Exhilarated by her return to filmmaking, Campion expects to pick up the pace.
This leaves room for some acceleration of the pace of withdrawals, an option the White House is reported to be considering.
Obama said in terms of the pace of withdrawal, he did not anticipate any sudden changes to the plan devised with NATO.
On the regular marches, the Grannies for Peace often took the lead and set the pace.
Today, the pace of leading-edge research with compounds in the cannabis plant is accelerating.
For one reason, he was an old man, and the pace set by the lovers was killing.
He began to pace the floor again from one room to the other.
The pace of the little car increased for about a hundred yards.
He made it his point to see that she was never urged beyond that pace.
"Perhaps," stiffly agreed the Master, not slackening his pace.
late 13c., "a step in walking; rate of motion," from Old French pas "a step, pace, trace," and directly from Latin passus, passum "a step, pace, stride," noun use of past participle of pandere "to stretch (the leg), spread out," probably from PIE *pat-no-, from root *pete- "to spread" (cf. Greek petannynai "to spread out," petalon "a leaf," patane "plate, dish;" Old Norse faðmr "embrace, bosom," Old English fæðm "embrace, bosom, fathom," Old Saxon fathmos "the outstretched arms"). Also, "a measure of five feet" [Johnson]. Pace-setter in fashion is from 1895.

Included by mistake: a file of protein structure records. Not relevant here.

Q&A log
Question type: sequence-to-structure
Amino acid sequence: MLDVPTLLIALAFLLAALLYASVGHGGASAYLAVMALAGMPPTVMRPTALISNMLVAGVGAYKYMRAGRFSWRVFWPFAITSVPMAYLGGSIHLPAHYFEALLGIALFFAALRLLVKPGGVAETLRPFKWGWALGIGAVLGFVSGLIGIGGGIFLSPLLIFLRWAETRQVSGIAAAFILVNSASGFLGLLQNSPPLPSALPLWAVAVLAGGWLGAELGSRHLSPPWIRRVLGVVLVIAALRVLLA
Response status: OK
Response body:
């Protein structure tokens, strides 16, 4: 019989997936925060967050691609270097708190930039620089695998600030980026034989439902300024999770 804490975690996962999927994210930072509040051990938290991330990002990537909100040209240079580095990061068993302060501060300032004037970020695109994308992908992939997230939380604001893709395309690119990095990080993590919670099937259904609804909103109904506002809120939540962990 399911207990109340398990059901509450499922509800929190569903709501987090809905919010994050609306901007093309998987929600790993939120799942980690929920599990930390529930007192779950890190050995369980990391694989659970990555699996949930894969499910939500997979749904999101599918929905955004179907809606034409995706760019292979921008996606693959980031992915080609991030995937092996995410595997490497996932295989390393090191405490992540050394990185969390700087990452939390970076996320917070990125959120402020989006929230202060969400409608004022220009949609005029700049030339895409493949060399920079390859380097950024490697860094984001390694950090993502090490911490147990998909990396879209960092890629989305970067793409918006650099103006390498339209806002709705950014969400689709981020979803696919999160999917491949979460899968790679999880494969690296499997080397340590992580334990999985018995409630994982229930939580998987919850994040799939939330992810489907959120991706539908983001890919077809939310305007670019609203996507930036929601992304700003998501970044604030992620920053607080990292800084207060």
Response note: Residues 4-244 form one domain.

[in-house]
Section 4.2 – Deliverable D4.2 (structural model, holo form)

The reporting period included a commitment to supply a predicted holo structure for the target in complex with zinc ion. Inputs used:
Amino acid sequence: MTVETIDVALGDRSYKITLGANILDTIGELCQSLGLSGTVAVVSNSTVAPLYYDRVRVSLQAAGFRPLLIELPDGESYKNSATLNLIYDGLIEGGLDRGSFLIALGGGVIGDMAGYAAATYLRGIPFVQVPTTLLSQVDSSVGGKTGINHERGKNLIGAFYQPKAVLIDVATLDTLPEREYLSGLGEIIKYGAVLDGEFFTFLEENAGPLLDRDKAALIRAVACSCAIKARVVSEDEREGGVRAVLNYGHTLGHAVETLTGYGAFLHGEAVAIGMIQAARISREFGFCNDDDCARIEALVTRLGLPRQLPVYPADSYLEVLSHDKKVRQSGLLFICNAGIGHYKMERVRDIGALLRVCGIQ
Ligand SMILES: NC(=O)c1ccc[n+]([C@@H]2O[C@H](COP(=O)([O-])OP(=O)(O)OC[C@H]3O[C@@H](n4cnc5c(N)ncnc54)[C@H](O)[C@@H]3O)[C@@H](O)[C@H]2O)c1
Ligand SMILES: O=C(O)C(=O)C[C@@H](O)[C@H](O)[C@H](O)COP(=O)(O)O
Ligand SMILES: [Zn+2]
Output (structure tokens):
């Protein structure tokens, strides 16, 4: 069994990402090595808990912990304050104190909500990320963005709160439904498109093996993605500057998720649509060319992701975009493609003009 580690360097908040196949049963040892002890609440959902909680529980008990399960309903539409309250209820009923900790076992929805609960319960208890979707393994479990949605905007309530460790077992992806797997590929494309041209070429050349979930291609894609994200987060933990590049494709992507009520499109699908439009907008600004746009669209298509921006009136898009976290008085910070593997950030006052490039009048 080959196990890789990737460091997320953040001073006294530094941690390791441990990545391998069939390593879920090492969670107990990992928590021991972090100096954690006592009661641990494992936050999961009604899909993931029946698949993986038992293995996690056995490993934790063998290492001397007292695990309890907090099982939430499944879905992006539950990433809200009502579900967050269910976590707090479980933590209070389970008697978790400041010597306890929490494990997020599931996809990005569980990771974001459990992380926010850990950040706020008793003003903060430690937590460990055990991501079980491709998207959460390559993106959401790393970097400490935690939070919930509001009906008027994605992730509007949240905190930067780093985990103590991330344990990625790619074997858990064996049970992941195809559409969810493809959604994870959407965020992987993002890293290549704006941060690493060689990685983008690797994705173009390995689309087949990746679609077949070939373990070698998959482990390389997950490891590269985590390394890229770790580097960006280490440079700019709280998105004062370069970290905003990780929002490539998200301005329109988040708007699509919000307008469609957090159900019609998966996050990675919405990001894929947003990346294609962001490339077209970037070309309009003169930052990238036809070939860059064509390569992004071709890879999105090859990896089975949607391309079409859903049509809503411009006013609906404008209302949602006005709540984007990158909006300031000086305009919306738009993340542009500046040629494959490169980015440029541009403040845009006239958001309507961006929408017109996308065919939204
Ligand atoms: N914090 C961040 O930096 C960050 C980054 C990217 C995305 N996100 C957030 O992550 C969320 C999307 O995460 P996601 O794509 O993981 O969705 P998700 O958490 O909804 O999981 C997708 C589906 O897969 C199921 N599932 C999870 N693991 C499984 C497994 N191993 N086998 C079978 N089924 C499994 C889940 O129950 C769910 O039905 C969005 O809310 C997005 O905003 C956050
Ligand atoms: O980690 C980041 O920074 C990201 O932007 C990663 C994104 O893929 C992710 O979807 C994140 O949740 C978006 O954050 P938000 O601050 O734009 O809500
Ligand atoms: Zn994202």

"with the leave of," 1863, from Latin pace, ablative of pax "peace," as in pace tua "with all deference to you;" from PIE *pak- "to fasten" (see pax). "Used chiefly as a courteous or ironical apology for a contradiction or difference of opinion" [OED].
1510s, "to walk at a steady rate," from pace (n.). Meaning "to measure by pacing" is from 1570s. That of "to set the pace for" (another) is from 1886. Related: Paced; pacing.